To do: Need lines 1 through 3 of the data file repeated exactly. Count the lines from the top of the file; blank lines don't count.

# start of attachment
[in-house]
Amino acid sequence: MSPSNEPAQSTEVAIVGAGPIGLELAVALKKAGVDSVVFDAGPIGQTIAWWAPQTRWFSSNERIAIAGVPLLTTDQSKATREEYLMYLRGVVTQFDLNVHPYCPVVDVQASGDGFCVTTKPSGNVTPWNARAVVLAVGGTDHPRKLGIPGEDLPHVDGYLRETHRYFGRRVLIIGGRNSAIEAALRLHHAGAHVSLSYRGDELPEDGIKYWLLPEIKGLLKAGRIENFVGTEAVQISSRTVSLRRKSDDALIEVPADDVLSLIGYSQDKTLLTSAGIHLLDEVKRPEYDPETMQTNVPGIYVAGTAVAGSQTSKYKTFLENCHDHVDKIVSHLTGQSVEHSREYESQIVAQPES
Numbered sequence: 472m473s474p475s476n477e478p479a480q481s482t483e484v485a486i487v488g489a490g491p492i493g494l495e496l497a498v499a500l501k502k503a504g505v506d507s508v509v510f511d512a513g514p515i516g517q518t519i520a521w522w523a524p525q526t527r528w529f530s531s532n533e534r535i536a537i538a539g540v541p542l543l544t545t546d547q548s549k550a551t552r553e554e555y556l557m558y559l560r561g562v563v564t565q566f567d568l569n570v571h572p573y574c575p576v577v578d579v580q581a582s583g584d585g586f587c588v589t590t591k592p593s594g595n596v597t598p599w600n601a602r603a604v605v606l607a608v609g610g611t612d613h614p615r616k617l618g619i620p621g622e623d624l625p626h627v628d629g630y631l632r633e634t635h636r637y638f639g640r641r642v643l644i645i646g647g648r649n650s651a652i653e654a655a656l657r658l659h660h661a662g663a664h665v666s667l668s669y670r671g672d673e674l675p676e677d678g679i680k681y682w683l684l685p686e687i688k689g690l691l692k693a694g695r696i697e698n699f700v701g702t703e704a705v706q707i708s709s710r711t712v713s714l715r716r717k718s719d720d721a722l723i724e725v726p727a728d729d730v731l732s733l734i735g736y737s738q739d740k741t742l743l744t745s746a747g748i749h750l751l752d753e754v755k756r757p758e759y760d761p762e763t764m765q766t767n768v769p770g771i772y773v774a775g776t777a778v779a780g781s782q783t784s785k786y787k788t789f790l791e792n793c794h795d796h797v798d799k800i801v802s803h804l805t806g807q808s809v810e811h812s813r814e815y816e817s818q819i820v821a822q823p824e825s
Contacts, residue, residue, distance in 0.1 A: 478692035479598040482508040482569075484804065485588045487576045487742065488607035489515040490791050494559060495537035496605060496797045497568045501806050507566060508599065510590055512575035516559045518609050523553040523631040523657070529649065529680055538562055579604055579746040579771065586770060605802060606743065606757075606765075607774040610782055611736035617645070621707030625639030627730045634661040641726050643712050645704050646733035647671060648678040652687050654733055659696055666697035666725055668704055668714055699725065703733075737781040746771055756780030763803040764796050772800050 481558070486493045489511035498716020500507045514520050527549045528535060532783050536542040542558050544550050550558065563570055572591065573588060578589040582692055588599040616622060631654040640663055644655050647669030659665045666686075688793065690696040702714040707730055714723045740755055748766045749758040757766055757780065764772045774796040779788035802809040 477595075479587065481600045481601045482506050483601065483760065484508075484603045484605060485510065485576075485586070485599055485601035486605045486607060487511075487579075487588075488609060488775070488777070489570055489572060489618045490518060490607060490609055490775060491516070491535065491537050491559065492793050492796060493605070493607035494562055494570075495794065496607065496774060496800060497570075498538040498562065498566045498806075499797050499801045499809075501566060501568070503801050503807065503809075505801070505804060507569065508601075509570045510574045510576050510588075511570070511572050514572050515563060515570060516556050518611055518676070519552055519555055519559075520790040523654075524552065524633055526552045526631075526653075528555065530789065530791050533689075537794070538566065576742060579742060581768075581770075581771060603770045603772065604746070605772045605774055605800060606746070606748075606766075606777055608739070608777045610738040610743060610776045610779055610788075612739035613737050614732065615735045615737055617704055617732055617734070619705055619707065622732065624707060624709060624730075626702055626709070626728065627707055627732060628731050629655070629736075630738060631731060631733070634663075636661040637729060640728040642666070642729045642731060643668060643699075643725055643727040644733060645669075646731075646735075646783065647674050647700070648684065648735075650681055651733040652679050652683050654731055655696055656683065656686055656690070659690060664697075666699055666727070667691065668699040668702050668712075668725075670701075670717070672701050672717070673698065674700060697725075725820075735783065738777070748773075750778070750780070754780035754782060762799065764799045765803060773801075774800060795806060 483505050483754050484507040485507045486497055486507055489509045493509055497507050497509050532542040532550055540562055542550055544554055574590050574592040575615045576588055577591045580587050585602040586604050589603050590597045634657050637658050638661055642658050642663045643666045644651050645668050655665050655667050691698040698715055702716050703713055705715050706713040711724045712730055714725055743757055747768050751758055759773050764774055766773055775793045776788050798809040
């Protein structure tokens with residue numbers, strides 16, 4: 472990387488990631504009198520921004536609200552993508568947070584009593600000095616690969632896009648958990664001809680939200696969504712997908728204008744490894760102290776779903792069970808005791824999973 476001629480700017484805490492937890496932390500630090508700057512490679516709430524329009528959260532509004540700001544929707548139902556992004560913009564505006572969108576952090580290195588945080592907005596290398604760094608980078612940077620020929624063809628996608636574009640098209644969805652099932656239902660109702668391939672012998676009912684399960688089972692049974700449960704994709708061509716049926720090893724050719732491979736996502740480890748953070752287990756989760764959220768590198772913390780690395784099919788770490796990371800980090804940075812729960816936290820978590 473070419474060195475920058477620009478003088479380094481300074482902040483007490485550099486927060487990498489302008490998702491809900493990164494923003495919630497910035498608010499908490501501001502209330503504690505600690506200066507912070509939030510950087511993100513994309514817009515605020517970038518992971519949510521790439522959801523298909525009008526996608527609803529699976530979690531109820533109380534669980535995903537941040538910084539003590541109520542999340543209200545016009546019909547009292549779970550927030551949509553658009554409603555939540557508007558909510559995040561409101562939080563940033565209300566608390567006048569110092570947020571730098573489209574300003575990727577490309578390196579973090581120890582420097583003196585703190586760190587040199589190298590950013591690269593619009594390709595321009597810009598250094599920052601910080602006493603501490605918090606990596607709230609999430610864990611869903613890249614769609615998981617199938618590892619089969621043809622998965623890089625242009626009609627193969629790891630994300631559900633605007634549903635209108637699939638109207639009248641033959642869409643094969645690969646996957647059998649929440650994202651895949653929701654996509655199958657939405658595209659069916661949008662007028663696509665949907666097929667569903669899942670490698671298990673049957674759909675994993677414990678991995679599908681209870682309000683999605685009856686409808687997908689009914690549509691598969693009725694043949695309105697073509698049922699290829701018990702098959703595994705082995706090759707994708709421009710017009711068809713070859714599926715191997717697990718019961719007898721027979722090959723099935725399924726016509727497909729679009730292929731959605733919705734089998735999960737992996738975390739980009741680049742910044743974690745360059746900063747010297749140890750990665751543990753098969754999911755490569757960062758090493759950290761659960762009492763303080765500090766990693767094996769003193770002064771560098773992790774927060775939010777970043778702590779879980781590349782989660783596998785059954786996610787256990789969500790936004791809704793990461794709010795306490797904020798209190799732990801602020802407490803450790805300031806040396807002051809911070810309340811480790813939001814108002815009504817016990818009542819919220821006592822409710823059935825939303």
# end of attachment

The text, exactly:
[in-house]
Amino acid sequence: MSPSNEPAQSTEVAIVGAGPIGLELAVALKKAGVDSVVFDAGPIGQTIAWWAPQTRWFSSNERIAIAGVPLLTTDQSKATREEYLMYLRGVVTQFDLNVHPYCPVVDVQASGDGFCVTTKPSGNVTPWNARAVVLAVGGTDHPRKLGIPGEDLPHVDGYLRETHRYFGRRVLIIGGRNSAIEAALRLHHAGAHVSLSYRGDELPEDGIKYWLLPEIKGLLKAGRIENFVGTEAVQISSRTVSLRRKSDDALIEVPADDVLSLIGYSQDKTLLTSAGIHLLDEVKRPEYDPETMQTNVPGIYVAGTAVAGSQTSKYKTFLENCHDHVDKIVSHLTGQSVEHSREYESQIVAQPES
Numbered sequence: 472m473s474p475s476n477e478p479a480q481s482t483e484v485a486i487v488g489a490g491p492i493g494l495e496l497a498v499a500l501k502k503a504g505v506d507s508v509v510f511d512a513g514p515i516g517q518t519i520a521w522w523a524p525q526t527r528w529f530s531s532n533e534r535i536a537i538a539g540v541p542l543l544t545t546d547q548s549k550a551t552r553e554e555y556l557m558y559l560r561g562v563v564t565q566f567d568l569n570v571h572p573y574c575p576v577v578d579v580q581a582s583g584d585g586f587c588v589t590t591k592p593s594g595n596v597t598p599w600n601a602r603a604v605v606l607a608v609g610g611t612d613h614p615r616k617l618g619i620p621g622e623d624l625p626h627v628d629g630y631l632r633e634t635h636r637y638f639g640r641r642v643l644i645i646g647g648r649n650s651a652i653e654a655a656l657r658l659h660h661a662g663a664h665v666s667l668s669y670r671g672d673e674l675p676e677d678g679i680k681y682w683l684l685p686e687i688k689g690l691l692k693a694g695r696i697e698n699f700v701g702t703e704a705v706q707i708s709s710r711t712v713s714l715r716r717k718s719d720d721a722l723i724e725v726p727a728d729d730v731l732s733l734i735g736y737s738q739d740k741t742l743l744t745s746a747g748i749h750l751l752d753e754v755k756r757p758e759y760d761p762e763t764m765q766t767n768v769p770g771i772y773v774a775g776t777a778v779a780g781s782q783t784s785k786y787k788t789f790l791e792n793c794h795d796h797v798d799k800i801v802s803h804l805t806g807q808s809v810e811h812s813r814e815y816e817s818q819i820v821a822q823p824e825s